Annual ‘Turkey Shoot’ to Be Revived … by PETA?

Tradition Can Live On—Kinda and Kinder—With Gift of 60 Vegan Tofurky Roasts

For Immediate Release:
November 22, 2021

Megan Wiltsie 202-483-7382

Seville, Fla. – After hearing that organizers canceled the annual “turkey shoot”—in which participants fire shotguns at targets to win one of 60 frozen birds—because the Seville Village Improvement Association couldn’t afford the rising cost of turkeys, PETA sent a letter to the event organizers this morning offering to help revive the “shoot” by donating 60 vegan turkey roasts to serve as prizes instead.

“As long as no gentle birds are harmed, PETA would be delighted to help breathe life into the event and help the community,” says PETA President Ingrid Newkirk. “More people than ever will gobble up a delicious ThanksVegan meal this year, so it’s the perfect time for Seville’s holiday tradition to carry on in a kind new direction.”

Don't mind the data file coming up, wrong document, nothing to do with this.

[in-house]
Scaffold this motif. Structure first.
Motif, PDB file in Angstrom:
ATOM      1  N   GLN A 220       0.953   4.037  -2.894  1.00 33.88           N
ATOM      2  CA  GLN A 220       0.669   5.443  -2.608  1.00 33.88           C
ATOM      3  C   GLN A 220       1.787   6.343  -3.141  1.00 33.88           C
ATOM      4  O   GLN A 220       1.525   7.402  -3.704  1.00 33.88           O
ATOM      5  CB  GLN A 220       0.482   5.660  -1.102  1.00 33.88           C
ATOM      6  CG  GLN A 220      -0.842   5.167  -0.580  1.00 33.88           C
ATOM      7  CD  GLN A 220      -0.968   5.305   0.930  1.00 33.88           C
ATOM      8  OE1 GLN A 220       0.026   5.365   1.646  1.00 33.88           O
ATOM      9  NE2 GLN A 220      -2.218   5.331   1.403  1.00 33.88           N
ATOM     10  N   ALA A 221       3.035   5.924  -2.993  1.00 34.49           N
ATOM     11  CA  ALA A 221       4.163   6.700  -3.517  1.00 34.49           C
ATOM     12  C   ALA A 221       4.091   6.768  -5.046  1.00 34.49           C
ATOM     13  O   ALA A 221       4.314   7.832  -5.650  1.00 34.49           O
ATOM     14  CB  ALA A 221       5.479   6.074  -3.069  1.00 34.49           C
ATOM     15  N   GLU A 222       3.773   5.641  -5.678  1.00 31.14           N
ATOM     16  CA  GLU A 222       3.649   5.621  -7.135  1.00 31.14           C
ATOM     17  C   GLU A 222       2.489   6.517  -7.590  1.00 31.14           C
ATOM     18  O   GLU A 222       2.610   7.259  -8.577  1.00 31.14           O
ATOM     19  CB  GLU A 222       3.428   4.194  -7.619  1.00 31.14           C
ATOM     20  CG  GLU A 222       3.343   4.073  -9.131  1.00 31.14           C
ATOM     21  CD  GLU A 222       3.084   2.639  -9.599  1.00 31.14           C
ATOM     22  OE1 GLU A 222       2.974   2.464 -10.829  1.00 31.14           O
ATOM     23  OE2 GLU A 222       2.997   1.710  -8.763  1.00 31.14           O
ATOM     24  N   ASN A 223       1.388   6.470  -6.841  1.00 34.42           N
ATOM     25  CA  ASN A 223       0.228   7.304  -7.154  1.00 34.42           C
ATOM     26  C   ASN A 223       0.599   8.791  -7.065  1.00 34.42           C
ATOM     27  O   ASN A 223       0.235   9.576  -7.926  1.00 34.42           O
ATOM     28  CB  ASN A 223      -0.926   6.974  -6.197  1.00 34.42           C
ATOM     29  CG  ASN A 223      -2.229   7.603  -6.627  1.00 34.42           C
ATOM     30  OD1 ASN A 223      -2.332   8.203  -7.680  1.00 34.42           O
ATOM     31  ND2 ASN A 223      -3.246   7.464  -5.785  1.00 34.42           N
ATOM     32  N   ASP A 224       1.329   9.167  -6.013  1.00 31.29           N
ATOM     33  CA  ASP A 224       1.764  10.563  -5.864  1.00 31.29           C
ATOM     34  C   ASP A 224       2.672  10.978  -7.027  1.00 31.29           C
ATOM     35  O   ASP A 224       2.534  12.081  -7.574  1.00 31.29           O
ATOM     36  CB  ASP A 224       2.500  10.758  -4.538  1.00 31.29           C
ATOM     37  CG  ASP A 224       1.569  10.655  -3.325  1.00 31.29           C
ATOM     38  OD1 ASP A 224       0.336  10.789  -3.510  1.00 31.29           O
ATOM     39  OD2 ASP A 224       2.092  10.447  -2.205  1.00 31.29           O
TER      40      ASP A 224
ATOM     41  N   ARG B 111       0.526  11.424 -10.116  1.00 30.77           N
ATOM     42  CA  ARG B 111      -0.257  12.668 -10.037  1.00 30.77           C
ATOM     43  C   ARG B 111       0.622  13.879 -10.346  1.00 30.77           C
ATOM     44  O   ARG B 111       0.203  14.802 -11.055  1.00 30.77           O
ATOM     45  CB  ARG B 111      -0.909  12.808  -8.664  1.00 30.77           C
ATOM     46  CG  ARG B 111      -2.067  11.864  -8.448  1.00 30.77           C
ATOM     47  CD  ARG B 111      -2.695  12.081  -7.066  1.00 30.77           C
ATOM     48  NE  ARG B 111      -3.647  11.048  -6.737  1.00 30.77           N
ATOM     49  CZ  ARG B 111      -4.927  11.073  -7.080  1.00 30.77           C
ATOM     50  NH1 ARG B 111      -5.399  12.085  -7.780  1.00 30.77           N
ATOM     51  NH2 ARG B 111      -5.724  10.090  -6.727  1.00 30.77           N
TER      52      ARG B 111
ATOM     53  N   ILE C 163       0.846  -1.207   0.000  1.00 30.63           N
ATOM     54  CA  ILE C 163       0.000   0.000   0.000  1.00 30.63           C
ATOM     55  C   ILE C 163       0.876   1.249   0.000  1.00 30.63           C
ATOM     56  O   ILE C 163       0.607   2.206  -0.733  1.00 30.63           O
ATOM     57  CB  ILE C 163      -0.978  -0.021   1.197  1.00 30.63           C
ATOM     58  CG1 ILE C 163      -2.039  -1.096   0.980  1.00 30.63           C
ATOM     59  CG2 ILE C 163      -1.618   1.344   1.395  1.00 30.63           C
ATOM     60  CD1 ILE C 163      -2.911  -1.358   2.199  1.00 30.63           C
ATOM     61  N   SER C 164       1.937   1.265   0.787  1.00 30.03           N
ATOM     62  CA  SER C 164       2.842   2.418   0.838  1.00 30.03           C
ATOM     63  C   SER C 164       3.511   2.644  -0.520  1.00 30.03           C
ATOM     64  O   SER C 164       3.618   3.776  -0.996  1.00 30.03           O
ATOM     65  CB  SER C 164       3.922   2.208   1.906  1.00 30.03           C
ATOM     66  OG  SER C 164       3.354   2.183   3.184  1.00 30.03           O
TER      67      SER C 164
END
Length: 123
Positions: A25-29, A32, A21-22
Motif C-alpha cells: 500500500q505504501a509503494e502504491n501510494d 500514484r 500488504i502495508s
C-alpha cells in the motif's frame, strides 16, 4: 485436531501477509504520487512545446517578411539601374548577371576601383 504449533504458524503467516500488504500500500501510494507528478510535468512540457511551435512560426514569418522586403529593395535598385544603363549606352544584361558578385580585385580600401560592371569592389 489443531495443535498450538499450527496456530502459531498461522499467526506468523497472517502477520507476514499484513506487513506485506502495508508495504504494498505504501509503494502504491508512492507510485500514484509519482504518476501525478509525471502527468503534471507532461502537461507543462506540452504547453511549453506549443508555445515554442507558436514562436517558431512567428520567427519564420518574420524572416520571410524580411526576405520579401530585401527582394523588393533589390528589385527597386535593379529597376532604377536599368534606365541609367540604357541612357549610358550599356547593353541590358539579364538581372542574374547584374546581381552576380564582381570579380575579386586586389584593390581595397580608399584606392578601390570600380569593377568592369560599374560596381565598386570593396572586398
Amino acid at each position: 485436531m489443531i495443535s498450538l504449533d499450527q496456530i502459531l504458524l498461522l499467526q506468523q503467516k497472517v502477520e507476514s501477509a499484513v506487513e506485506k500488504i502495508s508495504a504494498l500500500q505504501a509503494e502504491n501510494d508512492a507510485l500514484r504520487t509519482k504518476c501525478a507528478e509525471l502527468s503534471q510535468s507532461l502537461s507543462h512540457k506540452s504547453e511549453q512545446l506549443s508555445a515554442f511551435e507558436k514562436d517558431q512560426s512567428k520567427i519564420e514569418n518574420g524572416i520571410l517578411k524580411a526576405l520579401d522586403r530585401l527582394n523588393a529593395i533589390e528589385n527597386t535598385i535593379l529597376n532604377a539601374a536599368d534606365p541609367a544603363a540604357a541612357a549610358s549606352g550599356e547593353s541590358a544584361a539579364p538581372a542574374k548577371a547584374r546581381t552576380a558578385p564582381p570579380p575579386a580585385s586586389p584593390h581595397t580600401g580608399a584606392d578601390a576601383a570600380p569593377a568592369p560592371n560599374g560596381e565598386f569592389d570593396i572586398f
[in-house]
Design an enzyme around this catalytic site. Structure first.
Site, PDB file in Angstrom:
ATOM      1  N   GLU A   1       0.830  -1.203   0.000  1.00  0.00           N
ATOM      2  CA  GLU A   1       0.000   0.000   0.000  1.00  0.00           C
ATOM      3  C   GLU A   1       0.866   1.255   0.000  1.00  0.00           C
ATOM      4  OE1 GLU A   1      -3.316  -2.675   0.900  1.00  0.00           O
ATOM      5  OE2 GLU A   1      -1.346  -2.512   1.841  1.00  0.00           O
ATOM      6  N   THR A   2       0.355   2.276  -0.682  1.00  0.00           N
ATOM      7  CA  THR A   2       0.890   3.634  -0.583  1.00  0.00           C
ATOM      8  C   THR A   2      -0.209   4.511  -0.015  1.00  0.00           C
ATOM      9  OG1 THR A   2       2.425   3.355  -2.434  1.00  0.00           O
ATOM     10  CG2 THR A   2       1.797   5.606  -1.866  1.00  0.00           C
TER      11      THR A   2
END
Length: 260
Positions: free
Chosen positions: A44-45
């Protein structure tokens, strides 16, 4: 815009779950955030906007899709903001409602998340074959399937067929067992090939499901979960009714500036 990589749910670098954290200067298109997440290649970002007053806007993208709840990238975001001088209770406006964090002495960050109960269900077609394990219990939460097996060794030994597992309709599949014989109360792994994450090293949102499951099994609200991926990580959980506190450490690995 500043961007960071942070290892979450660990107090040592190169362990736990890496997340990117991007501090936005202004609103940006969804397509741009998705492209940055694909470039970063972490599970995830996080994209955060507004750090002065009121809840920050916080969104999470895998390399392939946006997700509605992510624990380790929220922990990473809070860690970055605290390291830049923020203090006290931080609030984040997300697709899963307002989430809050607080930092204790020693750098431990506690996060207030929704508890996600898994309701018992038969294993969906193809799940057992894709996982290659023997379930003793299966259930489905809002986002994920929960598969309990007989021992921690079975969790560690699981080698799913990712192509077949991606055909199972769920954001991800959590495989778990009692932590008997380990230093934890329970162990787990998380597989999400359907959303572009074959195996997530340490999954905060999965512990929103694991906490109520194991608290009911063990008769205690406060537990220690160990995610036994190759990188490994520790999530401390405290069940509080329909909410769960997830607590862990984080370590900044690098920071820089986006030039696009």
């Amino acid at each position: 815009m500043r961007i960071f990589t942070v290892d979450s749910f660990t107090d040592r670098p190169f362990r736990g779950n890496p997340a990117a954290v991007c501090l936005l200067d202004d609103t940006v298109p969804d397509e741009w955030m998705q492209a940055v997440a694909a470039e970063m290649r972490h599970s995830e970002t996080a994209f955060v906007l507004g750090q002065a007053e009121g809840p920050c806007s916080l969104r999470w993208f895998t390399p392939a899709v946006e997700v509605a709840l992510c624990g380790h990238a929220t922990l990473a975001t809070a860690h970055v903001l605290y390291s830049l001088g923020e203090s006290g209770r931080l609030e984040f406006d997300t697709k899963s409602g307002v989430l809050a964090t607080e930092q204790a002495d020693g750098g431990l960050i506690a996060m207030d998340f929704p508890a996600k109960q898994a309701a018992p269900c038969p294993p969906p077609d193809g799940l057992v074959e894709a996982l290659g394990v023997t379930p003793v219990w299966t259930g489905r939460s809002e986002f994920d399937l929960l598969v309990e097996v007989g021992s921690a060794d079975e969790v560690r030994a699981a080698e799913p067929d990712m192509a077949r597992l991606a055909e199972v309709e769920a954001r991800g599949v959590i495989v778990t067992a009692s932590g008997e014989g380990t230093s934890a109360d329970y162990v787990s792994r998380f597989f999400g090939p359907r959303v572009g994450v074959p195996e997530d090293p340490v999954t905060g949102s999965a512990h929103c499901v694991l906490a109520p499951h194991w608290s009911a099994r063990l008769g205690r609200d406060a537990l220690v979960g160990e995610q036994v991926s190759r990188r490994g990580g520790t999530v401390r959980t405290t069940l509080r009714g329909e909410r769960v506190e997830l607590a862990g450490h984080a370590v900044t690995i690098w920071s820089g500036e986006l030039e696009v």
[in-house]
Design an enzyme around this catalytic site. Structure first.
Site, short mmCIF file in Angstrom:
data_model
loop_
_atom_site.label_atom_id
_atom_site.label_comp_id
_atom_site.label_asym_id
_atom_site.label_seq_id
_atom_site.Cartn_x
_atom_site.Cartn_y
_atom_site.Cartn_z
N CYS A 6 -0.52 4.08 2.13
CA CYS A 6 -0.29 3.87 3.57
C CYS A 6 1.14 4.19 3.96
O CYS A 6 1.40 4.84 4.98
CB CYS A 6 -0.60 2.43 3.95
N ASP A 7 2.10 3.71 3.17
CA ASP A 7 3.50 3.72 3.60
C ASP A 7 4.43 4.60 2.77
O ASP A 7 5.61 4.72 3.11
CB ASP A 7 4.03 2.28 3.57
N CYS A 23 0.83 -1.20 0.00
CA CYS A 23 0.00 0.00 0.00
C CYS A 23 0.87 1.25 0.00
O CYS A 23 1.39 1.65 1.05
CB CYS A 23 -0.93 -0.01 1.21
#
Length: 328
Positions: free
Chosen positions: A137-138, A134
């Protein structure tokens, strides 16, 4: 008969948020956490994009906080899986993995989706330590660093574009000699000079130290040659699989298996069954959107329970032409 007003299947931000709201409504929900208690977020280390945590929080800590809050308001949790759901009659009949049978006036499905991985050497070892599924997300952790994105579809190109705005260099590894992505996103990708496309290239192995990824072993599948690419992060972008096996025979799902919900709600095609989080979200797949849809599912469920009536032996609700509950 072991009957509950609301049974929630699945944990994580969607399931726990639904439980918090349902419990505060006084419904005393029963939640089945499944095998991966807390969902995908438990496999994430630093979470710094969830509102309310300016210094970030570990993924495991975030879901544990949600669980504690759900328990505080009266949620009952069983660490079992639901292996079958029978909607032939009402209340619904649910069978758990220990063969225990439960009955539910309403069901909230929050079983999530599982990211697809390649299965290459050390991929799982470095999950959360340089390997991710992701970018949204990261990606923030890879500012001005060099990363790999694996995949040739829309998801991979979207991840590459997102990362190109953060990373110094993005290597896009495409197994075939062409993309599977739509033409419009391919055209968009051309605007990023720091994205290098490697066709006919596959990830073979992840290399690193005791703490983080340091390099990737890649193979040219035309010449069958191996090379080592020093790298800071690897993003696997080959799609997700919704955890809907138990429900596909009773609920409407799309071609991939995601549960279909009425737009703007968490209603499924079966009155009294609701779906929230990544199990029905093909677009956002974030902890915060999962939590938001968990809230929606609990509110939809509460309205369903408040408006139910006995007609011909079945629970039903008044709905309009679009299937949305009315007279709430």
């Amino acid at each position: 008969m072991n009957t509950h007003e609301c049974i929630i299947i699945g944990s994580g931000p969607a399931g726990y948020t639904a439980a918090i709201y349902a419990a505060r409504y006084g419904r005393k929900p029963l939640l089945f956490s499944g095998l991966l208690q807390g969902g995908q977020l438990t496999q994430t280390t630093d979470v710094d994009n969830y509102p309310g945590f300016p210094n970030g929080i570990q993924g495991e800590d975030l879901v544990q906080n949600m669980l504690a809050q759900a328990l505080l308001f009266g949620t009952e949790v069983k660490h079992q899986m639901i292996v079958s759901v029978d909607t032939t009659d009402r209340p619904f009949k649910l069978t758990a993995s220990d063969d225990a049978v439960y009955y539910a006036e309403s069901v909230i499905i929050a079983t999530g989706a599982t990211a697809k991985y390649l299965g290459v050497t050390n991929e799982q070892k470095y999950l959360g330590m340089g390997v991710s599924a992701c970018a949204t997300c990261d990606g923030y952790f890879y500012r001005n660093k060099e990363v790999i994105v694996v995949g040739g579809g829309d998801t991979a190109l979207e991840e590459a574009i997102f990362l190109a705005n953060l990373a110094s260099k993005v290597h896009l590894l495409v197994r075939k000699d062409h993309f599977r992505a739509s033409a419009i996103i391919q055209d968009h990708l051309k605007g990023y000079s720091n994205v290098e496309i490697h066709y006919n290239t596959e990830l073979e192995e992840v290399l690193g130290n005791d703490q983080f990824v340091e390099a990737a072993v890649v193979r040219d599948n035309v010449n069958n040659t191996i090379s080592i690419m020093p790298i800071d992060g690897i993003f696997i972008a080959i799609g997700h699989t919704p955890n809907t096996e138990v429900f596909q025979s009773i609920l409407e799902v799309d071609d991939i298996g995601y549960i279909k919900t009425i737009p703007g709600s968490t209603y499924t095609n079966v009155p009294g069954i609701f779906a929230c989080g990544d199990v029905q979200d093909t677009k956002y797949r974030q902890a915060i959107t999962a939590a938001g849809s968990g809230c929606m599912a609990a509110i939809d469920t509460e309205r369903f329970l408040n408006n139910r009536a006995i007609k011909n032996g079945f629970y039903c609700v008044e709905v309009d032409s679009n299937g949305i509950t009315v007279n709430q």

A reported 47% of Americans now want to incorporate more vegan foods into their meals, and as Mayim Bialik—the face of PETA’s 2021 “ThanksVegan” campaign—points out in her new PETA video, vegan holiday meals spare animals immense suffering. Turkeys can live up to 10 years, but those raised for food are usually slaughtered when they’re babies—between 12 and 26 weeks old—and a recent PETA exposé caught workers kicking, stomping on, and beating turkeys sold by companies with “humanely raised” labels.

Major grocery chains across the country—including Whole Foods, Trader Joe’s, and Target—are showcasing vegan holiday fare, and everyone can find delectable holiday recipes in PETA’s ThanksVegan menu guide.

PETA—whose motto reads, in part, that “animals are not ours to eat”—opposes speciesism, a human-supremacist worldview. For more information, please visit or follow the group on Twitter, Facebook, or Instagram.

For Media: Contact PETA's
Media Response Team.


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 Ingrid E. Newkirk

“Almost all of us grew up eating meat, wearing leather, and going to circuses and zoos. We never considered the impact of these actions on the animals involved. For whatever reason, you are now asking the question: Why should animals have rights?” READ MORE

— Ingrid E. Newkirk, PETA President and co-author of Animalkind